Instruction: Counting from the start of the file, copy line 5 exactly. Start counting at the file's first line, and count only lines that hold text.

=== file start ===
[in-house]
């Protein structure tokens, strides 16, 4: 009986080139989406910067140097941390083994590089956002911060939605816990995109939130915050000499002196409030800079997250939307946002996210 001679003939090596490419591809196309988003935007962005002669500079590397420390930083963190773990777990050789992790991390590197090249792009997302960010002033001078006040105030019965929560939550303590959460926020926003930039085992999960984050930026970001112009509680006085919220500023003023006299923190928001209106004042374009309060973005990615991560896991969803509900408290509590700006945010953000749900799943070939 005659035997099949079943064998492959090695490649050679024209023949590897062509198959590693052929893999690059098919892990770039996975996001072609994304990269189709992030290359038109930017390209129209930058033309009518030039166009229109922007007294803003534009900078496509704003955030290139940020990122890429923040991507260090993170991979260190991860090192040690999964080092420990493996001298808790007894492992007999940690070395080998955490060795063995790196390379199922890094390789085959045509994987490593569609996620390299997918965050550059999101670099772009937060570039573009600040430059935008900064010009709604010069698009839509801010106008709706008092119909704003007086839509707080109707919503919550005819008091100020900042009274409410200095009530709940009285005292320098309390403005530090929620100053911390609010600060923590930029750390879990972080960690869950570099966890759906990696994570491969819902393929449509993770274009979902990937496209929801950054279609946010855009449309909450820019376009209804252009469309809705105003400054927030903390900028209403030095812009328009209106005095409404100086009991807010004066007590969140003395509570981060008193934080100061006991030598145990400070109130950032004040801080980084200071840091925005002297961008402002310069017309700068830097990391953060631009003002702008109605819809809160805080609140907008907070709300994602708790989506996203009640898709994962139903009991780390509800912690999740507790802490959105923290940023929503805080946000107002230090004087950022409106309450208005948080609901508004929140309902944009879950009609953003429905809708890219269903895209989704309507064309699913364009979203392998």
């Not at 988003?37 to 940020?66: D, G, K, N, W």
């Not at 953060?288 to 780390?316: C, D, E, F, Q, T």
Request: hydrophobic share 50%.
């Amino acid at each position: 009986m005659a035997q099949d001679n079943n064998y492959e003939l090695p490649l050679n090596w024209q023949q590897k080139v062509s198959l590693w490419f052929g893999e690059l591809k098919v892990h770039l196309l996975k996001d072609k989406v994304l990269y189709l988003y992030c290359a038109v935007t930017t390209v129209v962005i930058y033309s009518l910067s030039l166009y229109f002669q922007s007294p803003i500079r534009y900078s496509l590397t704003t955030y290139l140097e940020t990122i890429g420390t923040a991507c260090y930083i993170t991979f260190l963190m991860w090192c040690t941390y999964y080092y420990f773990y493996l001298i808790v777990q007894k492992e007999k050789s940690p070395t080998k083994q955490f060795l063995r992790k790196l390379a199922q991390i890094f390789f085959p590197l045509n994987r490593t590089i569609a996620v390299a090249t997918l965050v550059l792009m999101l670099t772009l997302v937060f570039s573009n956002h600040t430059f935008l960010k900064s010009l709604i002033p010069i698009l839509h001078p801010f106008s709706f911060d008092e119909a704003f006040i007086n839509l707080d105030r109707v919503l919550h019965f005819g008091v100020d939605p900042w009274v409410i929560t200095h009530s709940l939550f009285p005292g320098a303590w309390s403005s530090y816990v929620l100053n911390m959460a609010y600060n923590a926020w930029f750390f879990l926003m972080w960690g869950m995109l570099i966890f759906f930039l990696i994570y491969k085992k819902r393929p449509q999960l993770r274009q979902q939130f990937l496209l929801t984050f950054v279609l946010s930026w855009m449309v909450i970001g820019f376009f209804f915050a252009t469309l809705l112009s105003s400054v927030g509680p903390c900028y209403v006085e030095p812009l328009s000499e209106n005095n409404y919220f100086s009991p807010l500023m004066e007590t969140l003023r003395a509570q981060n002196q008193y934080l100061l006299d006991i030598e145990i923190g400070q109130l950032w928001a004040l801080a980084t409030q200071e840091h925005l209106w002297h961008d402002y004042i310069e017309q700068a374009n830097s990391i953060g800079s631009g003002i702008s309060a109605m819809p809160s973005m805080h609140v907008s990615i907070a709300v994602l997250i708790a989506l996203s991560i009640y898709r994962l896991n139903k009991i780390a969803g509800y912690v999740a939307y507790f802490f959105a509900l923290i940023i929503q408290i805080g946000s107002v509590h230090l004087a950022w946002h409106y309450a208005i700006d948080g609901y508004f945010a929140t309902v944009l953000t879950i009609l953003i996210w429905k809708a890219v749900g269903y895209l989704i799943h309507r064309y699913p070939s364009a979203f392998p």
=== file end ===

Request: hydrophobic share 50%.